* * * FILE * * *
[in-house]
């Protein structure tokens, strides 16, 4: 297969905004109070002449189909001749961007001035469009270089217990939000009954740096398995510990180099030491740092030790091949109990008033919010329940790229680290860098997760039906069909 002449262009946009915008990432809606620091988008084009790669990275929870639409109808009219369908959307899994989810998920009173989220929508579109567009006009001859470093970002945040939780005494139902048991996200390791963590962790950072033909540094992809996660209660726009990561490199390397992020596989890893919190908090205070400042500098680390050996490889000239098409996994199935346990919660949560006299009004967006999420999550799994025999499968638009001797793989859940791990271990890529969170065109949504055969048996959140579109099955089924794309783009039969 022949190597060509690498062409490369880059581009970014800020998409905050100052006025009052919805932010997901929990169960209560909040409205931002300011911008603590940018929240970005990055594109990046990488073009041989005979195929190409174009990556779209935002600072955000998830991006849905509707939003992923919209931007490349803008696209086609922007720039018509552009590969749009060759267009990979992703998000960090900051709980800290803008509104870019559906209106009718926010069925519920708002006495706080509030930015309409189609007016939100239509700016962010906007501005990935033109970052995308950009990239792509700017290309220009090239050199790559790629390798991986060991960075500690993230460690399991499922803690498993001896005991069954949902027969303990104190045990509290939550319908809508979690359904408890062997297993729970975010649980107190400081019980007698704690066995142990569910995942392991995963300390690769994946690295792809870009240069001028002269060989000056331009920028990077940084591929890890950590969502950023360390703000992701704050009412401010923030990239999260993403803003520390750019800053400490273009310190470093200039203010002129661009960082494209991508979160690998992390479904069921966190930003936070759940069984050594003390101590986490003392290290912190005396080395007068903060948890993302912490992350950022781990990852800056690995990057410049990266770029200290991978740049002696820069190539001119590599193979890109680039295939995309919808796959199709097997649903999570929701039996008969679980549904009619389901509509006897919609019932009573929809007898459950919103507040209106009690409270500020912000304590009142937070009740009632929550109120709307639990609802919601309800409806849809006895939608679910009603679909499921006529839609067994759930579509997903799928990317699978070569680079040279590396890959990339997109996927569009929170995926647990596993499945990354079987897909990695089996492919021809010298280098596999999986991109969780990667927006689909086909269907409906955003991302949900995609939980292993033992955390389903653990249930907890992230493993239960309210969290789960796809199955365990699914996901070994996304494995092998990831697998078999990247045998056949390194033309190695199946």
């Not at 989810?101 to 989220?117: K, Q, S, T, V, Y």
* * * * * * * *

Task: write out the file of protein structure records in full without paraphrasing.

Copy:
[in-house]
């Protein structure tokens, strides 16, 4: 297969905004109070002449189909001749961007001035469009270089217990939000009954740096398995510990180099030491740092030790091949109990008033919010329940790229680290860098997760039906069909 002449262009946009915008990432809606620091988008084009790669990275929870639409109808009219369908959307899994989810998920009173989220929508579109567009006009001859470093970002945040939780005494139902048991996200390791963590962790950072033909540094992809996660209660726009990561490199390397992020596989890893919190908090205070400042500098680390050996490889000239098409996994199935346990919660949560006299009004967006999420999550799994025999499968638009001797793989859940791990271990890529969170065109949504055969048996959140579109099955089924794309783009039969 022949190597060509690498062409490369880059581009970014800020998409905050100052006025009052919805932010997901929990169960209560909040409205931002300011911008603590940018929240970005990055594109990046990488073009041989005979195929190409174009990556779209935002600072955000998830991006849905509707939003992923919209931007490349803008696209086609922007720039018509552009590969749009060759267009990979992703998000960090900051709980800290803008509104870019559906209106009718926010069925519920708002006495706080509030930015309409189609007016939100239509700016962010906007501005990935033109970052995308950009990239792509700017290309220009090239050199790559790629390798991986060991960075500690993230460690399991499922803690498993001896005991069954949902027969303990104190045990509290939550319908809508979690359904408890062997297993729970975010649980107190400081019980007698704690066995142990569910995942392991995963300390690769994946690295792809870009240069001028002269060989000056331009920028990077940084591929890890950590969502950023360390703000992701704050009412401010923030990239999260993403803003520390750019800053400490273009310190470093200039203010002129661009960082494209991508979160690998992390479904069921966190930003936070759940069984050594003390101590986490003392290290912190005396080395007068903060948890993302912490992350950022781990990852800056690995990057410049990266770029200290991978740049002696820069190539001119590599193979890109680039295939995309919808796959199709097997649903999570929701039996008969679980549904009619389901509509006897919609019932009573929809007898459950919103507040209106009690409270500020912000304590009142937070009740009632929550109120709307639990609802919601309800409806849809006895939608679910009603679909499921006529839609067994759930579509997903799928990317699978070569680079040279590396890959990339997109996927569009929170995926647990596993499945990354079987897909990695089996492919021809010298280098596999999986991109969780990667927006689909086909269907409906955003991302949900995609939980292993033992955390389903653990249930907890992230493993239960309210969290789960796809199955365990699914996901070994996304494995092998990831697998078999990247045998056949390194033309190695199946």
């Not at 989810?101 to 989220?117: K, Q, S, T, V, Y």